This is our information: We were very obviously ecstatic about the generous donation of Dozer to Safe Harbor, as he came during our year-end fund drive and we have about $5,000 in accrued veterinary bills needing to be paid.  Dozer seemed heaven sent.  On his delivery to our foster home we immediately noticed swelling on his front knee.  This was dismissed as “an old injury” and no problem at all.  In order to be able to confirm this and not just take someone’s word for it, we took Dozer to the vet and had  ultrasound and an xray done.  There is an old injury there, the knee is a large fluid encapsulated joint.  It does not inhibit his range of motion–oddly, it has enhanced it on just that leg, so Dozer moves as if he is doing a Monty Python silly walk.  Trot normal in three legs, Allegro dressage in one.  Here’s the important part to this for his future.  This is cosmetic.  Yes, it looks REALLY weird.  In fact, it looks really uncomfortable; however, our veterinarian could not create a true lame or pain response in the flexion and lameness testing of that leg.  Will he truly pass a pre-purchase exam?  No, not really.  There is damage to knee, and we won’t dispute that whatsoever.


So what does all this mean?  Well, for one, we have a very fine specimen of a horse available for a very low adoption fee.  Our hope with Dozer’s adoption is to recoup a fraction of what we have invested in his diagnostic and daily care during his time with us.  He is truly SO SO broke, and is a very good horse.  He can move quickly–all of his foundational work was with cattle, so at heart he is a cutting horse, but treated as a rough and rowdy ranch horse he is low maintenance.  He wants a round roll, a pasture and blue skies–not baths, blankets and stalls, and the more free he is in his pasture life, the better and calmer he is when he is working.


The ideal home for Dozer will be one that can look past his silly walk to the beautiful soul that lies within, and recognize that he still has a fully functional body.  Someone who wants to do light riding, on farm, or off on flat farm land will be fine.  Someone that wants to stick with walk or walk/trot and has no need for speed is even more ideal. Dozer was adopted from Safe Harbor in December, and was doing great, but always ridden out with other horses on the cattle farm environment.  He has shown no issues with lameness, no issues with farrier care etc. He is bonded with a mare on the property and when separated she called for him, and he chose to buck.  His adoptive owner was bucked off, and chose not to continue his relationship with Dozer.  As a result, Dozer is returning to Safe Harbor, and will once again be adoptable. If you believe Dozer is the one for you then please apply to adopt.  We are requesting only a $250 adoption fee for this wonderful gelding at this time, but can be negotiable for the perfect home for him.  We do plan to send Dozer to Perry Neal for some refresher training on the farm where we will refresh on riding out alone to avoid any future issues with buddy sour ness.  If he does go to Perry prior to re-adoption, his fee will increase to $500 to offset some of the cost of his training. Complete an adoption application for Dozer at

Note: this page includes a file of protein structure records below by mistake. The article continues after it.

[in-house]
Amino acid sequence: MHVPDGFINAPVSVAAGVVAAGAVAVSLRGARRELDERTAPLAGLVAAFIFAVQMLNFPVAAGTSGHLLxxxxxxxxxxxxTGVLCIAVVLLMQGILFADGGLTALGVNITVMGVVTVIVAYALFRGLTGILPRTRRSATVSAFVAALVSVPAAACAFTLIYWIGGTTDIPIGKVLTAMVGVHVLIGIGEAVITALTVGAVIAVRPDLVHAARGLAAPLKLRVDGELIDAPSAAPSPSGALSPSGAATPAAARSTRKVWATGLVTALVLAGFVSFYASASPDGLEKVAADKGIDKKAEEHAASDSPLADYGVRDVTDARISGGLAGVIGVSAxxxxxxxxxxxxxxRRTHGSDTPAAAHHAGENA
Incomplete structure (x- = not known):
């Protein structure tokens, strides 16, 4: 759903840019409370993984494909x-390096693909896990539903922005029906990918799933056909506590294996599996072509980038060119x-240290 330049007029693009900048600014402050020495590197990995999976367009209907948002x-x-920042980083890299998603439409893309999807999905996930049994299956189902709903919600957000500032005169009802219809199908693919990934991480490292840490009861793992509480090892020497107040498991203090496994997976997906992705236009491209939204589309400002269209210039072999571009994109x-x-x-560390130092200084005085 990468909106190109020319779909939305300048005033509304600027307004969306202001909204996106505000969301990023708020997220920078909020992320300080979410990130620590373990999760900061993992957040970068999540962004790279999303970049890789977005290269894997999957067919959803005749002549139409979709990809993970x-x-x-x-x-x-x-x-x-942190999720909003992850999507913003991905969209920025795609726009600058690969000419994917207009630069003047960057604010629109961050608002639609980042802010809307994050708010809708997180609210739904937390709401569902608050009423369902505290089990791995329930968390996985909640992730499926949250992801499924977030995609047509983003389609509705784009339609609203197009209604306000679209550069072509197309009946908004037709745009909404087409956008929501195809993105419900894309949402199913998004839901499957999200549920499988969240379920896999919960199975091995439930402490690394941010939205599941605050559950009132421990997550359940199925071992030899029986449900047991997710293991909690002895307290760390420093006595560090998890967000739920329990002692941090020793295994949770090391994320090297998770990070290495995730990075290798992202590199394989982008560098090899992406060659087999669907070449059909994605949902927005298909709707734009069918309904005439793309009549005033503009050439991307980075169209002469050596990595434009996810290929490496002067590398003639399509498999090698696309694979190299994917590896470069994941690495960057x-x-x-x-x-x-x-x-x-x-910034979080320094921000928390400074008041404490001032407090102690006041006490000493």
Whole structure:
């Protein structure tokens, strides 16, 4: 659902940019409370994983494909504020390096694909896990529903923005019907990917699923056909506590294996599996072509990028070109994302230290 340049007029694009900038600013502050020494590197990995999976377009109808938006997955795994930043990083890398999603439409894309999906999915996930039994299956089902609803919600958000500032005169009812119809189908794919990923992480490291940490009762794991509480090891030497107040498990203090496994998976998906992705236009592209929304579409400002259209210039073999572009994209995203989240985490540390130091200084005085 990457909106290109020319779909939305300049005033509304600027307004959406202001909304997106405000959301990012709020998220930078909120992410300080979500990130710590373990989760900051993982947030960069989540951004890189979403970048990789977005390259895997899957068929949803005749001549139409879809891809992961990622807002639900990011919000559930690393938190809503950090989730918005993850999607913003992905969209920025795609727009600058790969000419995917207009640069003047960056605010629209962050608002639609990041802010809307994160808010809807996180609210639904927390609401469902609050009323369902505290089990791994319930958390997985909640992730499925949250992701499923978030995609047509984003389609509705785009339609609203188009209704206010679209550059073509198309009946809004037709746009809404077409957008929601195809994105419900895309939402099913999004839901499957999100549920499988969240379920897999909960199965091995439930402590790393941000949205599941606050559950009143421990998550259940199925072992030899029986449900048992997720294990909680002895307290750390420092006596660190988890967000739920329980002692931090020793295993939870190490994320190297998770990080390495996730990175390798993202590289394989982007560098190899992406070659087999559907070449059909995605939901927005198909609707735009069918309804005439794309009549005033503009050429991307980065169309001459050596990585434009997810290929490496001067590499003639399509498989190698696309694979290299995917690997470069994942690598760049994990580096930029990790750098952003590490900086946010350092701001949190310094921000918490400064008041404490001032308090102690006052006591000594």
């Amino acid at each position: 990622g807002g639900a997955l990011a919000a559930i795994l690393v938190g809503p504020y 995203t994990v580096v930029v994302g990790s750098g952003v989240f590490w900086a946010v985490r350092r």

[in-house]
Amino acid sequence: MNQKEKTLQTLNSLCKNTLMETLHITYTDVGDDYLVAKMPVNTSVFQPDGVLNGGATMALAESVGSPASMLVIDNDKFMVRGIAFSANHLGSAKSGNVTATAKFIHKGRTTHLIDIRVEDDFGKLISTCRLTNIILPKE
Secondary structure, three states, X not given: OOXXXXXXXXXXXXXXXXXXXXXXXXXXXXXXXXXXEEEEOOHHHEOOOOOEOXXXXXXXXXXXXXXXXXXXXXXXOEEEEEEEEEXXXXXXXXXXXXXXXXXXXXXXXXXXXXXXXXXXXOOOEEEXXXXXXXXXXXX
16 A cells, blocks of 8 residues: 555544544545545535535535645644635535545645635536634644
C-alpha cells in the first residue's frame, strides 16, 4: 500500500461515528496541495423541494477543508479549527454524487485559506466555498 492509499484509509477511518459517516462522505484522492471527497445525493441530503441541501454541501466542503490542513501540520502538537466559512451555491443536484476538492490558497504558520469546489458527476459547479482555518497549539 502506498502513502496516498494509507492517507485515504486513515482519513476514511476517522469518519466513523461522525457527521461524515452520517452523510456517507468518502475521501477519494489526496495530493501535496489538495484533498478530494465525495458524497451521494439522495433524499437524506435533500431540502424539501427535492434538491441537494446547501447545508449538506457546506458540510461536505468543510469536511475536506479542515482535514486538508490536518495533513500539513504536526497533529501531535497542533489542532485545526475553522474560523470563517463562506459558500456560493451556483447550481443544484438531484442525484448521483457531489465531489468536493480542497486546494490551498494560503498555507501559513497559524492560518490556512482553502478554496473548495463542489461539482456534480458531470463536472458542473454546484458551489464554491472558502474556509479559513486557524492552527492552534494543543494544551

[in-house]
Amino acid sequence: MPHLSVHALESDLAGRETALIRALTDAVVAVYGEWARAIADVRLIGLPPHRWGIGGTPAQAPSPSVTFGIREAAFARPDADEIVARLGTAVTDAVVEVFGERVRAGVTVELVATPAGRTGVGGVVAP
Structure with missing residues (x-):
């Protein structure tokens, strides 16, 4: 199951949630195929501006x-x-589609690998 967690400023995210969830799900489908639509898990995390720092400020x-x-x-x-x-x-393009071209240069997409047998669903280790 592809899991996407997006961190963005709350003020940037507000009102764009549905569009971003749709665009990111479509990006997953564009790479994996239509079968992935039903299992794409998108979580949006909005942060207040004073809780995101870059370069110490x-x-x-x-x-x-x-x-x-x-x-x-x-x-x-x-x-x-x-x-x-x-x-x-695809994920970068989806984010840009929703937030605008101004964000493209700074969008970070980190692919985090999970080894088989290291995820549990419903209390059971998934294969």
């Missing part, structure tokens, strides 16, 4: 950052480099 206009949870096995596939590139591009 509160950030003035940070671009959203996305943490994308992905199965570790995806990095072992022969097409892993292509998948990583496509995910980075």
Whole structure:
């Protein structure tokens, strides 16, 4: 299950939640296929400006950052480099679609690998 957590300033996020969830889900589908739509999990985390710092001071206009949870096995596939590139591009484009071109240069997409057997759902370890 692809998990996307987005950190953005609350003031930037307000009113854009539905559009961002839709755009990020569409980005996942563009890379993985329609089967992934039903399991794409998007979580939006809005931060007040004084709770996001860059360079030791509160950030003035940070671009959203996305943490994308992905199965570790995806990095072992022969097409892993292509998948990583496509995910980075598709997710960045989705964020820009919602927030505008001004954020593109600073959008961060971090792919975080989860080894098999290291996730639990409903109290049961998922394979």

Safe Harbor Sanctuary is a 501(c)3 non profit rescue based in Middle Tennessee. Please visit our website for our adoption application, and to read more about us (including our adoption area) on our About Adopting FAQ.